Britain could have four times as many slaves as previously thought, according to a new estimate from the Home Office.
Up to 13,000 people are living in slavery in Britain, according to the first “scientific” estimate made of the country’s modern slave conditions.
The number includes domestic staff, women forced into prostitution and workers in fields, factories and fishing boats – and is four times higher than a previous estimate, by the National Crime Agency’s human trafficking centre.
Women are forced into prostitution, and children systematically exploitedHome Secretary Theresa May
The number of slavery victims climbed to between 10,000 and 13,000 last year, the Home Office said. The previous estimate was 2,744.
Home Secretary Theresa May called the scale of the problem “shocking”, and said the first step to wiping out modern slavery was “acknowledging and confronting its existence”.
“These new figures starkly reinforce the case for urgent action,” she added.
‘Two thirds’ from overseas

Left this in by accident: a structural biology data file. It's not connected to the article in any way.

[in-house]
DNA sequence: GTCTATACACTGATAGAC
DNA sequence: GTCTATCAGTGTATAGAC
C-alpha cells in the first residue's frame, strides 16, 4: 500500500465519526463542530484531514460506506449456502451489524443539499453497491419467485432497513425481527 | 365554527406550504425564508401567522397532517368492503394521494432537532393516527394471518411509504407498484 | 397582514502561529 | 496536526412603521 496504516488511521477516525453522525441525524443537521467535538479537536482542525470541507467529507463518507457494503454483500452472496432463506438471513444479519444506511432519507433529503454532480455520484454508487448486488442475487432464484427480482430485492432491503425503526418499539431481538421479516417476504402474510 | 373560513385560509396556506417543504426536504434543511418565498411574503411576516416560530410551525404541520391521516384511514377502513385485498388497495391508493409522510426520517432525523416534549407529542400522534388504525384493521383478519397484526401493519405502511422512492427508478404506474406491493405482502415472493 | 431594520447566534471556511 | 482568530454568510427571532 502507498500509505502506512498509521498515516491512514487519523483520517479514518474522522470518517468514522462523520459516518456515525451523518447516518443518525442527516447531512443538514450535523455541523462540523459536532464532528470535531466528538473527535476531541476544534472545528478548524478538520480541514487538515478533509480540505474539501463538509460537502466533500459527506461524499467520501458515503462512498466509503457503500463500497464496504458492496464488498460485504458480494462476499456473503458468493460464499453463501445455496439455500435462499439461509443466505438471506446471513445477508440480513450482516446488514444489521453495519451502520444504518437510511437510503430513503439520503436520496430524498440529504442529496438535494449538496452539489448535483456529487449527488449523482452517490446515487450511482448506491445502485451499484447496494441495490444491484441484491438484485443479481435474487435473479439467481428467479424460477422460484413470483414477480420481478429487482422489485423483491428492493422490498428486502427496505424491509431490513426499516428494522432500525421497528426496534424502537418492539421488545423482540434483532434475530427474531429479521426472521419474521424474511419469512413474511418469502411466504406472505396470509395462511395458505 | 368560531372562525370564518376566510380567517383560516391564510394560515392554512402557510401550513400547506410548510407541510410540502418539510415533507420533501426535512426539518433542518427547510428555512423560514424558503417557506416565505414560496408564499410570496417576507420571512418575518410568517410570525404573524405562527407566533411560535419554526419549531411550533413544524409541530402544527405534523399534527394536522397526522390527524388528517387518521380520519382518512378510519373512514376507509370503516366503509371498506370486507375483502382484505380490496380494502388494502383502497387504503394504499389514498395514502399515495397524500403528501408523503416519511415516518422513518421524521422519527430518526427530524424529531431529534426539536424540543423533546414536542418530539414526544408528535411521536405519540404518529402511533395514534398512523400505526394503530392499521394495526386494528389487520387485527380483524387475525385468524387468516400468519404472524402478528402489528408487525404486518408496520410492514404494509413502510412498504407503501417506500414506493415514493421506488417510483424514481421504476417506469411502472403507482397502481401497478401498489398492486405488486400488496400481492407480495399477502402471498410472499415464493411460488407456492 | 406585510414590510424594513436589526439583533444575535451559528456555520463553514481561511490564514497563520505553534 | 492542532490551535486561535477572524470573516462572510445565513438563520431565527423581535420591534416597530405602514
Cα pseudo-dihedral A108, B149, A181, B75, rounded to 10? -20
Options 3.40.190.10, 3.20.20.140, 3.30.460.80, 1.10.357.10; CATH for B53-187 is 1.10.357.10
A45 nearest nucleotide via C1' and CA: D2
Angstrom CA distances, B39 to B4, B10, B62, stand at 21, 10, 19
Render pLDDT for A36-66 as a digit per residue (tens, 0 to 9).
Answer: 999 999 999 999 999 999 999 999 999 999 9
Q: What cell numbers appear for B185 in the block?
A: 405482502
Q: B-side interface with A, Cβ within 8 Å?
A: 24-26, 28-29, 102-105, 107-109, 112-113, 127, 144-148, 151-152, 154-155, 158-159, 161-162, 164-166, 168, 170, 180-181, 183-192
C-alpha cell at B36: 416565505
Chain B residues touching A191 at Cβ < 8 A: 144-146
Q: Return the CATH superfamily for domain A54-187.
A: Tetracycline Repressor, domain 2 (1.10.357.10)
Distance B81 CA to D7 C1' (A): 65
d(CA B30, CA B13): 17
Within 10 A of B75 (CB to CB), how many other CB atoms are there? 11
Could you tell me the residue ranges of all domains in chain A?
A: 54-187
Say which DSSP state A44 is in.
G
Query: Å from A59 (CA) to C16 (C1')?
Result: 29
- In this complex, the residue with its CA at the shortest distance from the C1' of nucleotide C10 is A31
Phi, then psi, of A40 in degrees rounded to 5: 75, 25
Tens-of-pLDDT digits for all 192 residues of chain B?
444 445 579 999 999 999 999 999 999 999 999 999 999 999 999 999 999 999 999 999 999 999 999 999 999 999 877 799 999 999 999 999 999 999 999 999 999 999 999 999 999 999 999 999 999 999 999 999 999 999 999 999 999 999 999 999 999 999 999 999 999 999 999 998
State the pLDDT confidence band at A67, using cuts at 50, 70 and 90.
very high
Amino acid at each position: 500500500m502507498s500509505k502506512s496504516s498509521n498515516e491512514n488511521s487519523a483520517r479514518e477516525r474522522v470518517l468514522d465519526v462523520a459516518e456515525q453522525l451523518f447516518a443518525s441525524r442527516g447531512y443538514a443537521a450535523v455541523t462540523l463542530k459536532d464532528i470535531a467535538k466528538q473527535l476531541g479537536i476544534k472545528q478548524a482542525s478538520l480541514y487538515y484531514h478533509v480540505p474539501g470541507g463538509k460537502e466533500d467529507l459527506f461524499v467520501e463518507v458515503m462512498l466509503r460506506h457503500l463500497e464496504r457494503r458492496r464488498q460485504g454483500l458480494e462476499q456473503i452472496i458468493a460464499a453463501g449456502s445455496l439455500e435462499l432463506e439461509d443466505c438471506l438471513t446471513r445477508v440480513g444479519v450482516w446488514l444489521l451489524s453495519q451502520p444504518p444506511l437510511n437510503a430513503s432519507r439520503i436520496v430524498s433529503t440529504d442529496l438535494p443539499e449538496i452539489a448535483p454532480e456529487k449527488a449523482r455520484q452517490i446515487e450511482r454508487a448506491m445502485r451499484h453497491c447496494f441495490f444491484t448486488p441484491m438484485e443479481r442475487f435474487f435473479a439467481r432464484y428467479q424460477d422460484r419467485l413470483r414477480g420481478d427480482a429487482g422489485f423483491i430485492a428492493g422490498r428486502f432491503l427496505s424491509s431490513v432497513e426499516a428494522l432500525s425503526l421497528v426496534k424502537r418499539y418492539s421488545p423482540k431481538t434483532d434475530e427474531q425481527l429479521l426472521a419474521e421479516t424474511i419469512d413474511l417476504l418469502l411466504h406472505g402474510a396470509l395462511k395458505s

The new estimate is based on Home Office analysis, which includes a “dark figure” of slavery victims not reported to UK authorities.
The most common overseas victims of slavery are from Albania, Nigeria, Poland and Romania, but the UK was the third most common country of origin in 2013, according to the National Crime Agency.
Vulnerable British adults and children are being systematically preyed upon by traffickers and slave drivers, says the Home Office report.
Theresa May says in her foreword to the report that young girls “are raped, beaten, passed from abuser to abuser and sexually exploited for profit”.
“Vulnerable men are tricked into long hours of hard labour before being locked away in cold sheds or run-down caravans,” she adds.
“Women are forced into prostitution, and children systematically exploited. Domestic workers are imprisoned and made to work all hours of the day and night for little or no pay.
“We must put a stop to these crimes, and stamp out modern slavery.”
The document is part of a plan for co-ordinated action across government and law enforcement agencies to run in tandem with the Modern Slavery Bill, which is currently going through Parliament.